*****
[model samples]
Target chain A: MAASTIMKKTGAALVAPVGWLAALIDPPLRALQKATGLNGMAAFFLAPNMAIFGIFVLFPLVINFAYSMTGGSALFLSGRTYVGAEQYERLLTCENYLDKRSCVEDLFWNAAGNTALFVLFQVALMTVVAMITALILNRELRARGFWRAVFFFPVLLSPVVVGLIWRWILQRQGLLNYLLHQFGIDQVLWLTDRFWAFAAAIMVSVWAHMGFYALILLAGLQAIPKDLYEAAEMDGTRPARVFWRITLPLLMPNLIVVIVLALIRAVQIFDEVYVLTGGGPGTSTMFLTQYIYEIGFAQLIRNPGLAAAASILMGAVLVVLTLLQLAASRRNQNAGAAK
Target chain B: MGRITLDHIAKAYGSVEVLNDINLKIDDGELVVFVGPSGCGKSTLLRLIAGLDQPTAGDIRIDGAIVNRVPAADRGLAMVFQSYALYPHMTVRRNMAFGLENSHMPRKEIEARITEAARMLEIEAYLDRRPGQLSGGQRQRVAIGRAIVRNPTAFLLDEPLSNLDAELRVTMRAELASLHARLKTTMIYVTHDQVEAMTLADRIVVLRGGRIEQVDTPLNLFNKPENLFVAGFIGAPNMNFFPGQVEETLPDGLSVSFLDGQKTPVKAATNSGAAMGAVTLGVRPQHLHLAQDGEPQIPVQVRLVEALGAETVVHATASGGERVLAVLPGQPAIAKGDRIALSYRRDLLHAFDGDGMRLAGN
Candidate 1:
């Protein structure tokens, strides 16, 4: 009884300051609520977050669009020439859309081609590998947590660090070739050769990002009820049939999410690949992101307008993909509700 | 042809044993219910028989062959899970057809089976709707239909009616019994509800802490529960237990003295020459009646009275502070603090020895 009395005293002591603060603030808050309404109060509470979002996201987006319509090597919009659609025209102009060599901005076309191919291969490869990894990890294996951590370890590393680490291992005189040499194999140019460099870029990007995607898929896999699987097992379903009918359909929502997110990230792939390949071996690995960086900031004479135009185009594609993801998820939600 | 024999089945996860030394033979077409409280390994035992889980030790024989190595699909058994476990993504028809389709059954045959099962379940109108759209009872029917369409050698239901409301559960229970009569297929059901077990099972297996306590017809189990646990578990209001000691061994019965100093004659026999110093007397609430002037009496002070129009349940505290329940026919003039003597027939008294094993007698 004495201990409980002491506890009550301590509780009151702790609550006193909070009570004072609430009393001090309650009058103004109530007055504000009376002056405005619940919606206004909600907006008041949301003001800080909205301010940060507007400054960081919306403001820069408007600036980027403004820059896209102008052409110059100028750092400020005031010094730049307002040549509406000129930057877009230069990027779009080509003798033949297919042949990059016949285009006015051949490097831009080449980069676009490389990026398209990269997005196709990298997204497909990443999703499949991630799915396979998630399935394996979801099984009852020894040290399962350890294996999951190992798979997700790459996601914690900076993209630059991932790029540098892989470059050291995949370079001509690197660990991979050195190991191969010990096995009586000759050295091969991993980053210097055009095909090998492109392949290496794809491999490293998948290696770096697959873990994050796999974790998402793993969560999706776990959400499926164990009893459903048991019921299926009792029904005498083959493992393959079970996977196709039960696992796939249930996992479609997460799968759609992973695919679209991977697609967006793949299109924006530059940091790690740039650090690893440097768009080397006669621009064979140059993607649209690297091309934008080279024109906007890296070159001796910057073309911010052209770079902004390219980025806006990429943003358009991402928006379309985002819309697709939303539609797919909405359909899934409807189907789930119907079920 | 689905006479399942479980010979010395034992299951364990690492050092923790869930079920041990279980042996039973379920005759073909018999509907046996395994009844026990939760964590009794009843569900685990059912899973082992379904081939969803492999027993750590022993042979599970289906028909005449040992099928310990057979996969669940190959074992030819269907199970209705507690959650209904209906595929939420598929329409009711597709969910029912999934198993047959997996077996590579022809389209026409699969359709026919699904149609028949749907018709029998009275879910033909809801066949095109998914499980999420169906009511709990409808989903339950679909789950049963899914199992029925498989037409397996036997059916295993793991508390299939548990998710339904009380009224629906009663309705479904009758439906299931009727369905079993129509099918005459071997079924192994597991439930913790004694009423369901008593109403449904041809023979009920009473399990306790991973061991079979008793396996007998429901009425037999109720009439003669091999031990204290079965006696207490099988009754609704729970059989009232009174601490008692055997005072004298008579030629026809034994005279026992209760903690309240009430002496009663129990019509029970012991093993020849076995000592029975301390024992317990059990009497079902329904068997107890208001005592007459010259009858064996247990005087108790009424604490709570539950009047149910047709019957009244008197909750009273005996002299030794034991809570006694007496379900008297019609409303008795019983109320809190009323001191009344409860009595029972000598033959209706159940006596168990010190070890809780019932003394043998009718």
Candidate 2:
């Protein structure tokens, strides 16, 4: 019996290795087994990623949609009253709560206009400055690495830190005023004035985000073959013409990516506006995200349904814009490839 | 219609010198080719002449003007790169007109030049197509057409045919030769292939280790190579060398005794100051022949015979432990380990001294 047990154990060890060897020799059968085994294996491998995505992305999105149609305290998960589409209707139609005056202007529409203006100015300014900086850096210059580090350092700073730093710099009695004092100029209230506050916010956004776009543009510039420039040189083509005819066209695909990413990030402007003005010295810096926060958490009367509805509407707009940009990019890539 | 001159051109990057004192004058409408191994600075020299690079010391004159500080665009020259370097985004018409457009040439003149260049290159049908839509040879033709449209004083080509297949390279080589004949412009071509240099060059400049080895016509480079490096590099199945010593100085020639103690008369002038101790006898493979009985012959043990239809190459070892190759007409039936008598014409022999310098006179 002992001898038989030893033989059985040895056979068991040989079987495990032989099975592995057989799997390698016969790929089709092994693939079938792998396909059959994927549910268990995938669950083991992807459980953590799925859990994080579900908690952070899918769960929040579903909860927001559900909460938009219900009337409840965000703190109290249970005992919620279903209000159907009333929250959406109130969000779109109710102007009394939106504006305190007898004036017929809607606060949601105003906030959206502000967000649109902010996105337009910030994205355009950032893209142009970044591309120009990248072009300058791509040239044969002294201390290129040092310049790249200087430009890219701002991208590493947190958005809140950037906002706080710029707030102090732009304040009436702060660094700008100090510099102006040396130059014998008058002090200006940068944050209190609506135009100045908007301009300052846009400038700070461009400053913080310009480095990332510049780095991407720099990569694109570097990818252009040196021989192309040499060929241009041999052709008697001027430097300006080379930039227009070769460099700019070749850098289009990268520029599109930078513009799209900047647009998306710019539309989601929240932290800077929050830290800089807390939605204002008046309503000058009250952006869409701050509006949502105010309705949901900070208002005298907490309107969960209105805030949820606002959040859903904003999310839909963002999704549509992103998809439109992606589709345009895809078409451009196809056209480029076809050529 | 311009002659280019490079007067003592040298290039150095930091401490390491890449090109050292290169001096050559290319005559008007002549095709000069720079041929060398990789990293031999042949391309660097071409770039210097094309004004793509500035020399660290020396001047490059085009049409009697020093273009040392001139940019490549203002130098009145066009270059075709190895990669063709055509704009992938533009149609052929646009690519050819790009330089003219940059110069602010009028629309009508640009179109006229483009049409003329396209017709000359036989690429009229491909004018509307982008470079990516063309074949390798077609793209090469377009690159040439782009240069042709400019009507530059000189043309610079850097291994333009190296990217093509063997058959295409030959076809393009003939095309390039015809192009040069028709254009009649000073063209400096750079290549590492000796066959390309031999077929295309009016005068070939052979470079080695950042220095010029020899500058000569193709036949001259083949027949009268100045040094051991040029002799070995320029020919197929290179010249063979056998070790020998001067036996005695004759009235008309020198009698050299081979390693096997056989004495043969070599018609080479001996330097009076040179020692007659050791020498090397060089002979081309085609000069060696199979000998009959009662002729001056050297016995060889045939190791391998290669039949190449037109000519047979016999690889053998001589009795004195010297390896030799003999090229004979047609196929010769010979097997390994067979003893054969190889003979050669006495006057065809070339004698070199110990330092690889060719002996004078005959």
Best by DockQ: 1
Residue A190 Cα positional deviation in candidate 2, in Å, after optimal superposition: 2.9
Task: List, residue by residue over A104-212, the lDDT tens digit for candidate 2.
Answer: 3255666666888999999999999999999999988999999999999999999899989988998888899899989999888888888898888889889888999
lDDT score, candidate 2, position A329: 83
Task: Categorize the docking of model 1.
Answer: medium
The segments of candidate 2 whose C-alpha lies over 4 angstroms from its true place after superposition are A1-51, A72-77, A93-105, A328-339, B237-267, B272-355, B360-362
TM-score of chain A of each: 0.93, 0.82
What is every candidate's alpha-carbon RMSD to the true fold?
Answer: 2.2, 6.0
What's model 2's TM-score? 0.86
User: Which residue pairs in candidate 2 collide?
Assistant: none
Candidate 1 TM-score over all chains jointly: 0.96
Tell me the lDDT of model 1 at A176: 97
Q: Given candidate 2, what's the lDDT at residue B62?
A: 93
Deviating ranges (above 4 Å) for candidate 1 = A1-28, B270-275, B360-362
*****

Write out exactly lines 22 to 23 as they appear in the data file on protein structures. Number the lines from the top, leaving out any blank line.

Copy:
Candidate 1 TM-score over all chains jointly: 0.96
Tell me the lDDT of model 1 at A176: 97